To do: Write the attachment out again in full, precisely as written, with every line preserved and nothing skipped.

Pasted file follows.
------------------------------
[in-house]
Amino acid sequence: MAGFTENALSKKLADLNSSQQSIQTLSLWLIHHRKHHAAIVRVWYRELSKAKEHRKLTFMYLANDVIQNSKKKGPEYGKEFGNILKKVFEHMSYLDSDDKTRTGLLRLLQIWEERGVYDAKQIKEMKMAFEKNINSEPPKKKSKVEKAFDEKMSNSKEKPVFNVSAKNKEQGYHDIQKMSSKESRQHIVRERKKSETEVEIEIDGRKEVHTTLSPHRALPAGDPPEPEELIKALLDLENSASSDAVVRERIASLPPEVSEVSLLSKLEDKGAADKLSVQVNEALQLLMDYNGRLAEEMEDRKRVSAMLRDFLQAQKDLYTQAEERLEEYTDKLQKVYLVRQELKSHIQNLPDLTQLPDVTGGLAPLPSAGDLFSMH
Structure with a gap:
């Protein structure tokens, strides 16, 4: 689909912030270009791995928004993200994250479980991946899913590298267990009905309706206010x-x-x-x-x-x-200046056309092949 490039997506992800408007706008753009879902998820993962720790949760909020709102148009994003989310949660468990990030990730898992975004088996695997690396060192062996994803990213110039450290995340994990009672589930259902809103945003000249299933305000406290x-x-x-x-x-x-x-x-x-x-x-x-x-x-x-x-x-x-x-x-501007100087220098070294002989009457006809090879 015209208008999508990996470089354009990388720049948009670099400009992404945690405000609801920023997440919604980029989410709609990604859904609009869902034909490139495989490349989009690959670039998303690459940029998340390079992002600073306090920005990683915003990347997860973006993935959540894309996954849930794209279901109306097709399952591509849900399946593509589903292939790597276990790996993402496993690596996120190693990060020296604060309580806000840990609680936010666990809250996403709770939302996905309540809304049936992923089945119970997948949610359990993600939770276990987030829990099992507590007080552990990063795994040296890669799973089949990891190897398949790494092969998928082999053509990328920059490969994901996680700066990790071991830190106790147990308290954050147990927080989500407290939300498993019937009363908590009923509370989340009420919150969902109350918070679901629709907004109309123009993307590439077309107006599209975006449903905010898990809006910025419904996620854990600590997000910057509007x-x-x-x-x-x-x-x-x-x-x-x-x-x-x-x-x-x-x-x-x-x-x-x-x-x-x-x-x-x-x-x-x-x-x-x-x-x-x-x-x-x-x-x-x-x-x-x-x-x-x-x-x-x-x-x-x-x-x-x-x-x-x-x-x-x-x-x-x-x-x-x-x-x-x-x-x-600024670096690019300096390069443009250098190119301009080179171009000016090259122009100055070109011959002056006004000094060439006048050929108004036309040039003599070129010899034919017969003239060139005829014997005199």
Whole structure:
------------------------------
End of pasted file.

[in-house]
Amino acid sequence: MAGFTENALSKKLADLNSSQQSIQTLSLWLIHHRKHHAAIVRVWYRELSKAKEHRKLTFMYLANDVIQNSKKKGPEYGKEFGNILKKVFEHMSYLDSDDKTRTGLLRLLQIWEERGVYDAKQIKEMKMAFEKNINSEPPKKKSKVEKAFDEKMSNSKEKPVFNVSAKNKEQGYHDIQKMSSKESRQHIVRERKKSETEVEIEIDGRKEVHTTLSPHRALPAGDPPEPEELIKALLDLENSASSDAVVRERIASLPPEVSEVSLLSKLEDKGAADKLSVQVNEALQLLMDYNGRLAEEMEDRKRVSAMLRDFLQAQKDLYTQAEERLEEYTDKLQKVYLVRQELKSHIQNLPDLTQLPDVTGGLAPLPSAGDLFSMH
Structure with a gap:
């Protein structure tokens, strides 16, 4: 689909912030270009791995928004993200994250479980991946899913590298267990009905309706206010x-x-x-x-x-x-200046056309092949 490039997506992800408007706008753009879902998820993962720790949760909020709102148009994003989310949660468990990030990730898992975004088996695997690396060192062996994803990213110039450290995340994990009672589930259902809103945003000249299933305000406290x-x-x-x-x-x-x-x-x-x-x-x-x-x-x-x-x-x-x-x-501007100087220098070294002989009457006809090879 015209208008999508990996470089354009990388720049948009670099400009992404945690405000609801920023997440919604980029989410709609990604859904609009869902034909490139495989490349989009690959670039998303690459940029998340390079992002600073306090920005990683915003990347997860973006993935959540894309996954849930794209279901109306097709399952591509849900399946593509589903292939790597276990790996993402496993690596996120190693990060020296604060309580806000840990609680936010666990809250996403709770939302996905309540809304049936992923089945119970997948949610359990993600939770276990987030829990099992507590007080552990990063795994040296890669799973089949990891190897398949790494092969998928082999053509990328920059490969994901996680700066990790071991830190106790147990308290954050147990927080989500407290939300498993019937009363908590009923509370989340009420919150969902109350918070679901629709907004109309123009993307590439077309107006599209975006449903905010898990809006910025419904996620854990600590997000910057509007x-x-x-x-x-x-x-x-x-x-x-x-x-x-x-x-x-x-x-x-x-x-x-x-x-x-x-x-x-x-x-x-x-x-x-x-x-x-x-x-x-x-x-x-x-x-x-x-x-x-x-x-x-x-x-x-x-x-x-x-x-x-x-x-x-x-x-x-x-x-x-x-x-x-x-x-x-600024670096690019300096390069443009250098190119301009080179171009000016090259122009100055070109011959002056006004000094060439006048050929108004036309040039003599070129010899034919017969003239060139005829014997005199």
Whole structure: